If you notice mold on the soil your rosemary is growing in, you need to take care of it as soon as possible to save your plant. I have had this problem before and managed to solve it and save my plants. In this article, I will teach you how you can save yours too if you have the same problem including what you should do to prevent it from happening again.
The first thing you should do when you notice mold on the soil your rosemary is growing in is to scrape the mold off with a spoon, a knife, or similar. If there is a lot of mold, it can be necessary to transplant the rosemary to a larger pot with fresh soil.
Regardless if there is only a little bit of mold on your rosemary’s soil or if there is a lot, I explain precisely what you need to do to save your plant in this article. I also explain why mold suddenly appeared on your soil and what you should do differently to avoid it in the future.
What to Do About Small Amounts of Mold on Rosemary’s Soil
If you have noticed a small patch of mold on the soil your rosemary is growing, you need to act now to prevent it from turning into a bigger problem. Luckily, if there is only a little bit of mold, you have noticed it early and have a very good chance of saving the plant without much difficulty.
The easiest way I have found to get rid of mold on the soil of my plants is to scrape it off with a spoon, a knife, or similar like I do in the photo above. I like to use a spoon since it is easy to get underneath the mold and get all of it.
It is important that you see if the mold is only on the soil or if it has spread to the plant itself. If you see mold on any parts of the plant, you should cut those parts off and discard them.
Mold usually appears on soil because there is too much moisture. To reduce the risk, make sure you are not overwatering your rosemary (you can read more about that on this link) and move it to a spot that gets a lot of direct sunlight and has good airflow. This will help the soil dry out properly, which helps prevent mold.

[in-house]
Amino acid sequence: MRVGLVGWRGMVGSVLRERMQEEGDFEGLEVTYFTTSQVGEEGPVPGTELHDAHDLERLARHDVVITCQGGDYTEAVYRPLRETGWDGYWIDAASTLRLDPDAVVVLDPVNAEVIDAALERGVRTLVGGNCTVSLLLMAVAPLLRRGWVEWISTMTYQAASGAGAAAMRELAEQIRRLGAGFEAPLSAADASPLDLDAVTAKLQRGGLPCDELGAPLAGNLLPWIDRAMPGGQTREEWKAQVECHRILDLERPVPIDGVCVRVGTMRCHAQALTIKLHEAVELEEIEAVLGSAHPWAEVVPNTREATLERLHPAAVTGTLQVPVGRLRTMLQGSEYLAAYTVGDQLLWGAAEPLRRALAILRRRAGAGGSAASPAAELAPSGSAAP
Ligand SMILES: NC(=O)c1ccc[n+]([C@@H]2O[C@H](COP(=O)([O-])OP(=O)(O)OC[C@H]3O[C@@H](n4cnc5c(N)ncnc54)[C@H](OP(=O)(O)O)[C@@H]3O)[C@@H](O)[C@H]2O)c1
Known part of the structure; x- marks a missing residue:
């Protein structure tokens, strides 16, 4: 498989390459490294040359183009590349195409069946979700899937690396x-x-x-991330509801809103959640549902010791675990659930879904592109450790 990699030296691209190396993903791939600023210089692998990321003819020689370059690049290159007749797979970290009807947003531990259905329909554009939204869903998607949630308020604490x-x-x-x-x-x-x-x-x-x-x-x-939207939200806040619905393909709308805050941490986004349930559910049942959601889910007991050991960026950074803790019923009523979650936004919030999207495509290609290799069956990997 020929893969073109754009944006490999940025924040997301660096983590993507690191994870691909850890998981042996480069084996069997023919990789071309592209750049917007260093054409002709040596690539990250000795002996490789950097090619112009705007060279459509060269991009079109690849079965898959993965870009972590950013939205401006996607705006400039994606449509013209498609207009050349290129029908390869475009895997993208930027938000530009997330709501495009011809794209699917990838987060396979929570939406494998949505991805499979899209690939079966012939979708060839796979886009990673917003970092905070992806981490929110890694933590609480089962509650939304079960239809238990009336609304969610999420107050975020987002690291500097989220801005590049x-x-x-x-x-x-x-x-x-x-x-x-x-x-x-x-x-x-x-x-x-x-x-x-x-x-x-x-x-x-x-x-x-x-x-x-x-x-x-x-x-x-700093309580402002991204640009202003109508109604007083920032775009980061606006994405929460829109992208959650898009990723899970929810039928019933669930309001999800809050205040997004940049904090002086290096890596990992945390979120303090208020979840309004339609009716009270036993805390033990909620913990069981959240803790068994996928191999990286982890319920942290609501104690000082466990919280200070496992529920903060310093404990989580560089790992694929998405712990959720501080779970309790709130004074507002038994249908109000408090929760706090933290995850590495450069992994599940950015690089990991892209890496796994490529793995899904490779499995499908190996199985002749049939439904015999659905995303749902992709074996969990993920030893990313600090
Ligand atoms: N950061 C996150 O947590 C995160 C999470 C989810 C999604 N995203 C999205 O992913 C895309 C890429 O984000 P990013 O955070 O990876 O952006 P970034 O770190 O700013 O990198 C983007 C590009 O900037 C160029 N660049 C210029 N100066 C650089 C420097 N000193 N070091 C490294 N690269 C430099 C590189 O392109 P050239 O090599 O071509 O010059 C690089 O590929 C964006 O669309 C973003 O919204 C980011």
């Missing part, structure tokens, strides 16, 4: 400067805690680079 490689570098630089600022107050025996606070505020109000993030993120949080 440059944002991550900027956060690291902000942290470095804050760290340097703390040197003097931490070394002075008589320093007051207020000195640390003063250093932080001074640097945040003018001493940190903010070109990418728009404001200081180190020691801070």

Keep checking back every day for 1-2 weeks to see if the mold comes back.
Scraping the mold off the soil is only sufficient if there is only a little bit of it, though. If there is a lot or it keeps coming back, you should still scrape as much as possible off, but you most likely also have to take more drastic methods into use, so let’s get into that now.
What to Do if There Is a Lot of Mold or It Keeps Coming Back
Mold can spread very fast, so if you don’t notice it early and do something about it, it can easily end up covering the entire surface of the soil around your rosemary, which can seem overwhelming.
If there is a lot of mold on the soil around your rosemary or the mold keeps coming back after you scrape it off, you need to take stronger methods into use.
If there is a lot of mold on the soil around your rosemary, you should still try to scrape off as much as possible, as I explained earlier in this article.
This usually isn’t enough to make the problem go away if it is severe enough, though.
I have found that the best thing you can do in this situation is to transplant your rosemary to a larger pot with a lot of fresh soil. I have a guide where I show and explain how to do that on this link.
Place the plant in a sunny spot with good airflow to significantly reduce the risk of mold and other moisture-related issues.